This week, supermodel Bella Hadid shared on her Instagram that she is 10 months sober. 'I'm so proud of anyone pushing through dry July,' she wrote. 'With Kin (Kin Euphorics, the non-alcoholic beverage brand she co-founded) and lots of self-love, I am almost 10 months no alcohol!'
My body has spent the last 20 years trying to tell me that it does not like alcohol. Booze has ruined my sleep, created aches, pains and random bruising, and sometimes it stopped my favourite clothes from fitting. But when I quit last year, I did it for my brain. I describe myself as ‘emotionally allergic’ to booze. Whether I’d had two bottles or two glasses, the morning after the night before was unbearable. I’d feel very tired and really, really sad.
Quitting was hard, but I had high hopes for what my alcohol-free life would look and feel like. I wanted prizes and rewards, and I was excited about improved sleep, better skin and – whisper it – weight loss. My relationship with my body is complicated. When I stopped drinking, I’d already worked very hard on accepting it on its own terms, while trying to love food and respect it: eating when I was hungry and stopping when I was full. On a good day, that was achievable. On a bad day, I’d find myself locked in a cycle of bingeing and starving, unable to respond appropriately to my body’s hunger cues. Drinking inevitably led to bad days. I felt guilty for even considering the idea of weight loss but, after a lifetime of disordered eating, it was hard to shake off. In the past I’d engaged in dangerous behaviour, limiting my food intake in order to feel that I could drink more. (Not that it worked – my weight gain always coincided with periods of heavy drinking.)
I’d given up alcohol before for limited periods and I was always delighted to get to the end of Dry January or Sober October and find that my clothes were a little less tight. However, when I decided that I was going to quit for good, I decided I needed to put weight loss out of my mind. Going alcohol free was a significant change and I knew it was going to be stressful. I wasn’t going to worry about restricting anything else and make the rest of my life any harder than it needed to be.
Weirdly, this made me more relaxed around food than I’ve ever been. If I fancied a Magnum, I’d have one. Because I wasn’t restricting myself or feeling obsessive, I didn’t feel as though I was constantly fighting the urge to eat the whole box. If I was stuck at a train station at lunchtime, I wasn’t overthinking my sandwich choices. However, I was able to get through my first awkward sober parties and events by promising myself a Pret chocolate chip cookie for the journey home.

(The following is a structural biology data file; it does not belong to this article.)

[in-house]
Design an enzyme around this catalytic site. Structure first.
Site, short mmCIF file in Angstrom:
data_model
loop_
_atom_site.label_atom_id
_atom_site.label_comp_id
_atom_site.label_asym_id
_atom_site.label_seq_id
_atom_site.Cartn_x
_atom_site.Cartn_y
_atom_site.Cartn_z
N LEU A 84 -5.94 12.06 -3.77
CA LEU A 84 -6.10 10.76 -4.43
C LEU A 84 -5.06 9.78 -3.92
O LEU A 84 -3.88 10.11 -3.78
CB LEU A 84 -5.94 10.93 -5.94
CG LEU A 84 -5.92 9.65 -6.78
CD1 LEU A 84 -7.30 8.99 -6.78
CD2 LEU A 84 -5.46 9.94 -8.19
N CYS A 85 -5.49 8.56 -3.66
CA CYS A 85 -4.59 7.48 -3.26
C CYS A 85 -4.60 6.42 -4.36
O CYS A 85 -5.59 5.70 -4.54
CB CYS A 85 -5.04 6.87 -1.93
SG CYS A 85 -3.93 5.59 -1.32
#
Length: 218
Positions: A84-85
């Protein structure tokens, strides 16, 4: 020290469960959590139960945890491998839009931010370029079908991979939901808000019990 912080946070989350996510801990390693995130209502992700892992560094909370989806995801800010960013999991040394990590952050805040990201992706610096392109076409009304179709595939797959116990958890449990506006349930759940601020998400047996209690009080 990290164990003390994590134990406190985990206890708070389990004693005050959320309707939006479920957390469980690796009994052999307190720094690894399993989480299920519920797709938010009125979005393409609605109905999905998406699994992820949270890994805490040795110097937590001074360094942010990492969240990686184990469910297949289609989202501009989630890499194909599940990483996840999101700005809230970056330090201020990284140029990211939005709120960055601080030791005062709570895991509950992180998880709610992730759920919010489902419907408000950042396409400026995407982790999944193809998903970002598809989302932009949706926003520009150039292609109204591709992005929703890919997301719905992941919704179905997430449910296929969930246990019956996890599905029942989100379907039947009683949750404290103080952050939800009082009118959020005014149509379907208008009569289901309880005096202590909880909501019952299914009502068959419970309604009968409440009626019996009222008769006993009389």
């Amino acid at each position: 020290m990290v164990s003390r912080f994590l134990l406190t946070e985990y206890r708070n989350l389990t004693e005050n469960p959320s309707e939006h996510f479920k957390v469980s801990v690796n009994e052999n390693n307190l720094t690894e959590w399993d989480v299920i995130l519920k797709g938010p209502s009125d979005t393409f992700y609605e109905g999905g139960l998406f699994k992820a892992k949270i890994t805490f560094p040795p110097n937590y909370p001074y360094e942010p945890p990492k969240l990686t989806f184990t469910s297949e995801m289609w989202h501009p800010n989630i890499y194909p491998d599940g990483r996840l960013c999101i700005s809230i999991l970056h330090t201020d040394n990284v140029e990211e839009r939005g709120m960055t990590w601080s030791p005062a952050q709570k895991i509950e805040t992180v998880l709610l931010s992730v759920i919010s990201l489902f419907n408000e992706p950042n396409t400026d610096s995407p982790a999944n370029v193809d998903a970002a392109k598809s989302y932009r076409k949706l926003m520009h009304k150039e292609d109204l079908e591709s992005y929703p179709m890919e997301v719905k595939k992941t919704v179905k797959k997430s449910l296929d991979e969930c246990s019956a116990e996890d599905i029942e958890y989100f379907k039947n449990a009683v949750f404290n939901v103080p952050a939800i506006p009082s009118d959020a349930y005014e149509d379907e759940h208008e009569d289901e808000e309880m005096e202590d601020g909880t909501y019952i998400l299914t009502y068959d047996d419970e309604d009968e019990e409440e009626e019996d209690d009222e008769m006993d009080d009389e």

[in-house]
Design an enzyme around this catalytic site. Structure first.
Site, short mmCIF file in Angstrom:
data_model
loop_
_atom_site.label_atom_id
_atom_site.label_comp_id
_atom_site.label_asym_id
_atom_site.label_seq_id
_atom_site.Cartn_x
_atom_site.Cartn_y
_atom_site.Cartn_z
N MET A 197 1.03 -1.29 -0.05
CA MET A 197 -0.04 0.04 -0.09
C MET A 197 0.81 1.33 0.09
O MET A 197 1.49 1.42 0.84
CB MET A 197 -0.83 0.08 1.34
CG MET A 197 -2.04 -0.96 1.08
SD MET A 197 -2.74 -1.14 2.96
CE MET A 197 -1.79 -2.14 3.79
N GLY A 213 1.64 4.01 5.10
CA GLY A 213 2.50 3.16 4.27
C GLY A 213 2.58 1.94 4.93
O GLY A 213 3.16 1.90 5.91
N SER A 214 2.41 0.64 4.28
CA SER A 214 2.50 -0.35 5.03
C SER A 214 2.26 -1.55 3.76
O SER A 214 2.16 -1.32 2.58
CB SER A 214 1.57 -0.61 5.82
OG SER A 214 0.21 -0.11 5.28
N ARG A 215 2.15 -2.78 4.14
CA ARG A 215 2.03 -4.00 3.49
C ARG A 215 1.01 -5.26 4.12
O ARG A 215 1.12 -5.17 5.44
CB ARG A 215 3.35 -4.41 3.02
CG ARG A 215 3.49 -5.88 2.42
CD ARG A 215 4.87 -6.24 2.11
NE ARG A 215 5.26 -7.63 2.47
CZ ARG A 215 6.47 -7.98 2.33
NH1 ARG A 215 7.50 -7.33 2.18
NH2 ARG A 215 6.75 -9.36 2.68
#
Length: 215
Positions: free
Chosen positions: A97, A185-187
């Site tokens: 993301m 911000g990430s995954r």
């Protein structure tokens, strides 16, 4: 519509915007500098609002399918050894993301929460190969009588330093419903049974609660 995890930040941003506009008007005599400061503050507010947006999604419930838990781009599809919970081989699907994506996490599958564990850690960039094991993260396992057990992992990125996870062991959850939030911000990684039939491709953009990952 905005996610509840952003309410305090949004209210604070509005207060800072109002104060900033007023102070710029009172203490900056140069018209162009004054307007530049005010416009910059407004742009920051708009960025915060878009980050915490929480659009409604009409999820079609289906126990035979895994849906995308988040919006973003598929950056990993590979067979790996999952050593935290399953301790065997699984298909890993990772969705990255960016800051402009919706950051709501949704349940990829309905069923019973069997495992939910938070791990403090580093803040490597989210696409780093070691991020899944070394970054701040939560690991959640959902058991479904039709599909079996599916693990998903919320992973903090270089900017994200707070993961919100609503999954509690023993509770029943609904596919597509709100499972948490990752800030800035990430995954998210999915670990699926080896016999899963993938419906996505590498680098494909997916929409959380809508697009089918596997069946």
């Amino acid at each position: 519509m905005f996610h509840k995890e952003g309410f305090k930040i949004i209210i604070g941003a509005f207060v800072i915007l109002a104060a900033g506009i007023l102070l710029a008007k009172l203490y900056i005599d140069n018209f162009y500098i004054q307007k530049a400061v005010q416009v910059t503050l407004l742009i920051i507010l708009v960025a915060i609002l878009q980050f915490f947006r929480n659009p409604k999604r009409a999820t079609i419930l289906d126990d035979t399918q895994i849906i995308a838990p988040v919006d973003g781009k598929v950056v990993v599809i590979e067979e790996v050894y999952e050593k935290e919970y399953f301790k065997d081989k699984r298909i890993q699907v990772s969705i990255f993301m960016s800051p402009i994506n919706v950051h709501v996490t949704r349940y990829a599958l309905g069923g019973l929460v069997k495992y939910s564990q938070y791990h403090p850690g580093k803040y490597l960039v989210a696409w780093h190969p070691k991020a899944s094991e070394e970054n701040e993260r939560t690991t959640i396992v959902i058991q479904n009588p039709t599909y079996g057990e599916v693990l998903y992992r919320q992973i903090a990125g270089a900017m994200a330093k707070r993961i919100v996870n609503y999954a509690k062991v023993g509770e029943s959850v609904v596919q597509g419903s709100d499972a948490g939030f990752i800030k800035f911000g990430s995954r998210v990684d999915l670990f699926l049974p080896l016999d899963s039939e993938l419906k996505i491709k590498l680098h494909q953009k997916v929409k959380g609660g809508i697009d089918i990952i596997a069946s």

Living without alcohol has made me so much more aware of how it feels to live in my body. Before I got sober, I often felt a little sad and slow, even if I hadn’t been drinking the night before. Alcohol made me feel great, briefly, but it was as though it was overcharging my soul’s battery. After half a glass of wine, I felt as though I was running at 100% – but I’d be stuck at a maximum of 60% for the rest of the time.
I still have plenty of difficult days, but it’s much easier to work out where those feelings live. I can experience them without feeling overwhelmed by them. Sometimes I’ll have a very negative thought about my body. However, now that I’m sober, I’m able to notice the negativity and gently examine the thought before I start to spiral.
Ultimately, living without alcohol has allowed me to treat myself with more kindness. In the past, I’d be ashamed of my hangovers and force myself to work my way through them. Now, it’s easier to notice and acknowledge it when my body needs to rest. A few weeks ago, I got home from a work trip feeling drained. If I’d been drinking,
I’d have blamed the inevitable wine, then blamed myself. Sober, it didn’t cross my mind to feel bad. (Instead, I put my pyjamas on and made myself waffles for dinner.) Now that alcohol isn’t in my life, I’m so much better at listening to my brain and my body and cultivating their relationship. I like myself much more, inside and out.